CLASSIFICATION: The Acacia Trilogy is epic fantasy fueled by compelling characters, realistic world-building and powerful storytelling. May contain elements reminiscent of George R.R. Martin, Tolkien, Stephen R. Donaldson, and Brian Ruckley, but the series is defined by David Anthony Durham’s unique historical fiction-influenced viewpoint...
FORMAT/INFO: The Sacred Band is 576 pages long divided over four Books, seventy-three numbered chapters and an Epilogue. Also includes a map of the Known World and the Other Lands and a detailed summary of the first two book in the trilogy. Narration is in the third person via several different characters including Corinn Akaran, her brother and sister Dariel & Mena, Corinn’s councilor Rialus Neptos, the leaguemen Sire Dagon, Barad the Lesser, Aliver’s former companion Kelis of Umae, Corinn’s informant Delivegu Lemardine, Mena’s husband Melio Sharratt, and a few others. The Sacred Band is the third and final volume in The Acacia Trilogy after Acacia: The War with the Mein and The Other Lands. It goes without saying that readers should finish the first two books in The Acacia Trilogy before attempting to read The Sacred Band.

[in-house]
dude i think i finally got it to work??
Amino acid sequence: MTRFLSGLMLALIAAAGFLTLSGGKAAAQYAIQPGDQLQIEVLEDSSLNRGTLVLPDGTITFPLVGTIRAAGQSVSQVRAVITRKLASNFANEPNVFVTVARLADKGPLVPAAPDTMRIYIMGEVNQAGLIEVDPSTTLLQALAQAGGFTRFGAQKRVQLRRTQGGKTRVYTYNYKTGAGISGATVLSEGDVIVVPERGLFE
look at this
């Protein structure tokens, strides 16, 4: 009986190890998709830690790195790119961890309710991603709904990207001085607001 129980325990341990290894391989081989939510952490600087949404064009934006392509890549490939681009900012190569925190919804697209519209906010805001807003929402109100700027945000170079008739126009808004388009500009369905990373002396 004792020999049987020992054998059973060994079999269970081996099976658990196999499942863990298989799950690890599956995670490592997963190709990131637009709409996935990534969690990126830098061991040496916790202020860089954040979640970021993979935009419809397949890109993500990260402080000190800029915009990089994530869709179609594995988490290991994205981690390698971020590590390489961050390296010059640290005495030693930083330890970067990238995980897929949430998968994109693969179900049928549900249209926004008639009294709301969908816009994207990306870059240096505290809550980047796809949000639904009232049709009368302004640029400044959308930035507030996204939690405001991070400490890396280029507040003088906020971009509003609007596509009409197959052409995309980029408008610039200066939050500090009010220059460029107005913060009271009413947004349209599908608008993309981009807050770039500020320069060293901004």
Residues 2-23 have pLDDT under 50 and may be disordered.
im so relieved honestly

October 4, 2011 marks the North American Hardcover publication of The Sacred Band via Doubleday. A UK edition has not been announced yet, but the first two volumes of the trilogy were published by Transworld.
ANALYSIS: Over four years ago, David Anthony Durham burst onto the fantasy scene with Acacia: The War with the Mein, the impressive opening volume in The Acacia Trilogy. This was followed by The Other Lands in 2009, a respectable middle volume that was slightly disappointing compared to its predecessor, but set the stage for a potentially awesome conclusion to the trilogy. Which brings us to The Sacred Band.